Editorial Feature

Future Materials for Aerospace

Image Credit: stockphoto mania | Shutterstock.com

In April, Grand View Research underscored just how big the aerospace materials market is becoming in a report that stated the aerospace plastics market alone will reach nearly $12 billion by 2022.

The focus of engineers working on aerospace materials to bring to the market is no longer just for commercial or military aircraft. They are also looking at the rapidly expanding drone market, as drones pose an entire different set of problems for materials scientist. Although, a Drones’ ability to fly without a human on board presents novel advantages.

Materials for Conventional Aircraft

At Imperial College London engineers are using state-of-the-art computer modeling techniques to develop new aerospace materials, which help to reduce costs associated with physical prototypes.

The British researchers are using their modeling techniques to investigate progressive strain on an aircraft’s exterior. The engineers have said that the models have been particularly effective at assessing materials with a complex internal architecture.

The team noted that their methods have already been used to tackle issues including projecting the trajectory of runway stones kicked up by the wheels of an airplane during take-off and landing, the reaction of sandwich beams to stress and the factors behind failure in recycled composite materials.

At the University of Michigan, researchers are currently looking to solve the vibration and noise problems of helicopters through the use of materials. Using custom embedded piezoelectric materials, the team has developed prototype blades that were able to alter the acoustic noise signature of a helicopter by changing the blade-vortex interaction pattern. The blades achieve this effect, and reduce vibrations, by reshaping themselves as the helicopter’s rotor spins.

Researchers at the University of North Carolina released a dramatic web video in April that showed how a composite metal foam could reduce or even completely eliminate damage due to a ballistic impact. The video showed armor plating with composite metal foam as the energy-absorbing middle layer stopping a bullet and effectively turning it into dust.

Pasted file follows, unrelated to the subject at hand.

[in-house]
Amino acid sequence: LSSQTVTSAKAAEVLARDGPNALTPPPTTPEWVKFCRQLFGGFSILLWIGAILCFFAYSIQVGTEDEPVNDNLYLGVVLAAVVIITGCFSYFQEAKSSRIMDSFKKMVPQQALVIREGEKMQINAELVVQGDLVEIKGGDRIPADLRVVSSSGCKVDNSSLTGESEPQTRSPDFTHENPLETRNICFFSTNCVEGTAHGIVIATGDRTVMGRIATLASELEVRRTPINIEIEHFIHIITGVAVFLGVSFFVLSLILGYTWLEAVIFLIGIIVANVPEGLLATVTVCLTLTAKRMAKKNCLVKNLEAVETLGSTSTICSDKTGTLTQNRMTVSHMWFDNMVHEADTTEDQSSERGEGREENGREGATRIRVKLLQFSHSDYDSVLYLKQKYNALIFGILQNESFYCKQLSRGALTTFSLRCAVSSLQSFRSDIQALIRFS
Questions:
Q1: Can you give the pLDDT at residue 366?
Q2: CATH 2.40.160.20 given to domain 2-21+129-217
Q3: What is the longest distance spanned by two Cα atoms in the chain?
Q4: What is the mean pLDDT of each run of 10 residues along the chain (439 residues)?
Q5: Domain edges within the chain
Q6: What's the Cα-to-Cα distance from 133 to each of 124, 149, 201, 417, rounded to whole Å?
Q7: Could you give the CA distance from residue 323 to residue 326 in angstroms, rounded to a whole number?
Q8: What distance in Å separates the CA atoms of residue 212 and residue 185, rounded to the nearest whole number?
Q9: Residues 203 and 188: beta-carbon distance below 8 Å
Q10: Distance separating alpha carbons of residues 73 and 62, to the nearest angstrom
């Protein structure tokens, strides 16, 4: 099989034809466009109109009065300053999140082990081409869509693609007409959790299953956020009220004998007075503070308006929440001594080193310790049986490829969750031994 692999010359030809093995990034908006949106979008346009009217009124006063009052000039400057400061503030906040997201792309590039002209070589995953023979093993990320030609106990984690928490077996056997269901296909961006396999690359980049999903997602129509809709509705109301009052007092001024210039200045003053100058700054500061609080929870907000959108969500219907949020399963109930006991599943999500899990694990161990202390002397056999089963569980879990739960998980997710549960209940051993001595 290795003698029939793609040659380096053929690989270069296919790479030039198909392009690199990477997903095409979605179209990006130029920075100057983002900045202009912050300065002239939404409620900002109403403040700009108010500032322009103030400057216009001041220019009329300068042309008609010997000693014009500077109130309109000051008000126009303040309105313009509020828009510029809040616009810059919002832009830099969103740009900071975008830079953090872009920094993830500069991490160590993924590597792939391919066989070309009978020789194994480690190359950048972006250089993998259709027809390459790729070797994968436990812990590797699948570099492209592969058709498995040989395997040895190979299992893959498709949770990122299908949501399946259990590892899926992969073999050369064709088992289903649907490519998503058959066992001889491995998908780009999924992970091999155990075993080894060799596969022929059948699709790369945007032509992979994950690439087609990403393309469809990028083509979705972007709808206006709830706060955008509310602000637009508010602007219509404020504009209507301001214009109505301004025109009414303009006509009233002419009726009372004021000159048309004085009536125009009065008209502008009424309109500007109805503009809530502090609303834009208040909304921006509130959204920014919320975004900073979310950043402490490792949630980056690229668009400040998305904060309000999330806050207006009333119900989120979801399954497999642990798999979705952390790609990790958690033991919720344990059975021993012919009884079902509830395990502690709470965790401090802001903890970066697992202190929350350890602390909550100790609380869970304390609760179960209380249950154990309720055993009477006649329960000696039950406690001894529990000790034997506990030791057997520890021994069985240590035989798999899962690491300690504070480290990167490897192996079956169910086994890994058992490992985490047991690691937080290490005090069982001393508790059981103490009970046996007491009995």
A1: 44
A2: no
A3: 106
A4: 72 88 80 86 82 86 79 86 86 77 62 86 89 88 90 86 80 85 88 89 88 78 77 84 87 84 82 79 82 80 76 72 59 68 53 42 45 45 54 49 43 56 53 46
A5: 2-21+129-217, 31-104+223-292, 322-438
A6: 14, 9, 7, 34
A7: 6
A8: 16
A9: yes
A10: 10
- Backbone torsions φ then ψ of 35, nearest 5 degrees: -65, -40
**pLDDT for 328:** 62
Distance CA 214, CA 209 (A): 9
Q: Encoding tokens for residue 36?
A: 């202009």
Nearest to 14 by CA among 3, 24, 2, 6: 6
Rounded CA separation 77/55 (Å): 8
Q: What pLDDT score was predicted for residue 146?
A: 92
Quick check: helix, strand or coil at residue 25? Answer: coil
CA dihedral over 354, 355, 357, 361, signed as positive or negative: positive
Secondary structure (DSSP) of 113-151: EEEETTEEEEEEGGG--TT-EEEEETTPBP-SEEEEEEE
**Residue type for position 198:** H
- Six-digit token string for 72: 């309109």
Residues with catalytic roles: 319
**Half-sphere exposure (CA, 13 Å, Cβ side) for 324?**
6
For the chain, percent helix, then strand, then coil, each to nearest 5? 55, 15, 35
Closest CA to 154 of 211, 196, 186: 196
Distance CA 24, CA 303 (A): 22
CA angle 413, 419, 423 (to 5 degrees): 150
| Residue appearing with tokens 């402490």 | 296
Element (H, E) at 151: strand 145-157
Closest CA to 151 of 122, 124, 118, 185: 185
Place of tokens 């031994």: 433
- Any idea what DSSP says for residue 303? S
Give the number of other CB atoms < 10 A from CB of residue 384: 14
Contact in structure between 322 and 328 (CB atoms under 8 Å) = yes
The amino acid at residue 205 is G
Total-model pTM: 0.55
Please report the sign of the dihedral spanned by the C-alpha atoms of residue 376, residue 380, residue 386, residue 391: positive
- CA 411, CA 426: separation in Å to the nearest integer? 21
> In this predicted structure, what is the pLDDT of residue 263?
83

NC State: Metal Foam Obliterates Bullets

Video Credit: NCState | YouTube

In addition to the obvious application for military aircraft the metal foam armor could also protect space-based vehicles, which are frequently pelted by bits of space debris traveling at very high speed. Furthermore, the UNC team said that this material has been shown to effectively block x-ray, gamma ray and neutron radiation, making it even more valuable in space travel applications.

Materials for Micro-Air Vehicles

Engineers at Imperial College London are also developing materials for drone aircraft, also known as micro-air vehicles, with multiple functions besides providing structural integrity.

ICL researchers said one added function is the storage of electrical energy. If the technology is perfected, could also be applied to personal electronic devices like laptops and cell phones. Other added functions the British team are working on include a self-healing capability, adjustable flexibility, and noise reduction.

A direct application of that research was on display in February, when ICL researchers debuted a drone made with materials a college researcher had created. The drone was particularly striking due to its bat wing-inspired design. The drone’s flexible wings are made from a polymer membrane and artificial muscles. Electrical current surging through the wings can cause them to change shape in response to the environment they are flying through.

The research team behind the drone said its wings help with maneuverability, as well as long-distance flight.

Also being researched at the University of Michigan, these biology-inspired wings would allow drones to better navigate an urban environment, when a drone must navigate sudden wind gusts, tunnels, and constrained environments. Researchers envision these urban drones sitting on a perch, like the ledge of a building, until they are called for.

References and Further Reading

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Brett Smith

Written by

Brett Smith

Brett Smith is an American freelance writer with a bachelor’s degree in journalism from Buffalo State College and has 8 years of experience working in a professional laboratory.


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